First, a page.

I have found the general election campaign so far fascinating and at this late stage the outcome is still unpredictable. The pollsters say we may end up with a minority or coalition government. So will it affect our sector and the way we do our job?
Essentially the answer is no. We still continue to gain support for local shops from MPs, maintain working relationships with government departments and speak up forcefully for members' interests in the media.
Our concerns cut across parties and are rooted in local areas, whether it be promoting or protecting the high street, dealing with crime and anti-social behaviour or making sure shops are able to invest, grow and employ local people. That message is the same, whatever the colour of the government in charge.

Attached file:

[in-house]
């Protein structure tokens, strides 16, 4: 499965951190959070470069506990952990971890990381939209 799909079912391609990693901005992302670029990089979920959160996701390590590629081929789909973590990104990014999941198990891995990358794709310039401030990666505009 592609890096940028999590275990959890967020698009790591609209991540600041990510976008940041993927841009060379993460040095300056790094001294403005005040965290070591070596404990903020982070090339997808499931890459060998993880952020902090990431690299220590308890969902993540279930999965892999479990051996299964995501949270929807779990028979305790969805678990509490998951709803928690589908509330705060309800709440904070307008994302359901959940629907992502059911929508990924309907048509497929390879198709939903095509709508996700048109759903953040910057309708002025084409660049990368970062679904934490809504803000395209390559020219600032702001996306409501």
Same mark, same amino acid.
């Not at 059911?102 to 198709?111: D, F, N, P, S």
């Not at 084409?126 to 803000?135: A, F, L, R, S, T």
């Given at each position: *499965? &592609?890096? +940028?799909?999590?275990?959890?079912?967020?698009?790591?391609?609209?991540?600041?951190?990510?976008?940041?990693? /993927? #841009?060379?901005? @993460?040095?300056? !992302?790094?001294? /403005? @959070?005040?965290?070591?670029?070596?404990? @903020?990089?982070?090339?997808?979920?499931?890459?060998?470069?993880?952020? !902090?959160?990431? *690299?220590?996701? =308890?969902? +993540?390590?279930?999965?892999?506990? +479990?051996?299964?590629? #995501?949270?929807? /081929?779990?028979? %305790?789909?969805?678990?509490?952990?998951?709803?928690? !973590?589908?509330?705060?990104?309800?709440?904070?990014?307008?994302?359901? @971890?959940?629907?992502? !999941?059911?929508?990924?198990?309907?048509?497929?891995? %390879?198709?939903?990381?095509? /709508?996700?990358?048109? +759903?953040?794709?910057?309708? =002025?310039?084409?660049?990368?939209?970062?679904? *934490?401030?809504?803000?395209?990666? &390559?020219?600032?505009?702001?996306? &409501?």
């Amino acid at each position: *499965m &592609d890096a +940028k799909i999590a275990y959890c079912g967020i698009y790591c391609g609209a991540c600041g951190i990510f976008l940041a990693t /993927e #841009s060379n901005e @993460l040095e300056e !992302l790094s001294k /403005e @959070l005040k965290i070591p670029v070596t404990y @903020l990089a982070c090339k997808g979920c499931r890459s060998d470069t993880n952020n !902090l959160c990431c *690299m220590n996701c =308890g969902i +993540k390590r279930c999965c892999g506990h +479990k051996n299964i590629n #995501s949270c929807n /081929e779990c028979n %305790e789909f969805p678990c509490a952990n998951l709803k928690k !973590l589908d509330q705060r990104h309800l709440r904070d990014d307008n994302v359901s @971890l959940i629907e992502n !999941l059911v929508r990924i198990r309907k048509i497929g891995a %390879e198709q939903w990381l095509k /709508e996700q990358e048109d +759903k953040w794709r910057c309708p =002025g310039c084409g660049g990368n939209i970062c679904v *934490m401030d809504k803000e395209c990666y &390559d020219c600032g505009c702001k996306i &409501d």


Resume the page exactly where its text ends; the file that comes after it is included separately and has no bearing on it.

Probably the main feature of coalition or minority government is the edging out of controversial decisions in favour of consensus and a slower pace of decision-making. There is no doubt that if the Scottish National Party had an outright majority in Scotland retailers would already be facing promotional restriction, a ban on under-21 alcohol sales and an alcohol levy, but these have been making slow progress because of the controversies involved. This is different to the rushed and flawed initiatives that have been pressed through the UK parliament, whether they be alcohol disorder zones or 48-hour bans.
On balance I think that the controversial things will tend to be the ones that we seek to resist major business tax increases, radical licensing law reform or overhaul of the national minimum wage.
What we can do is make sure that as many politicians as possible understand the importance of local shops and are sent to Westminster committed to supporting us.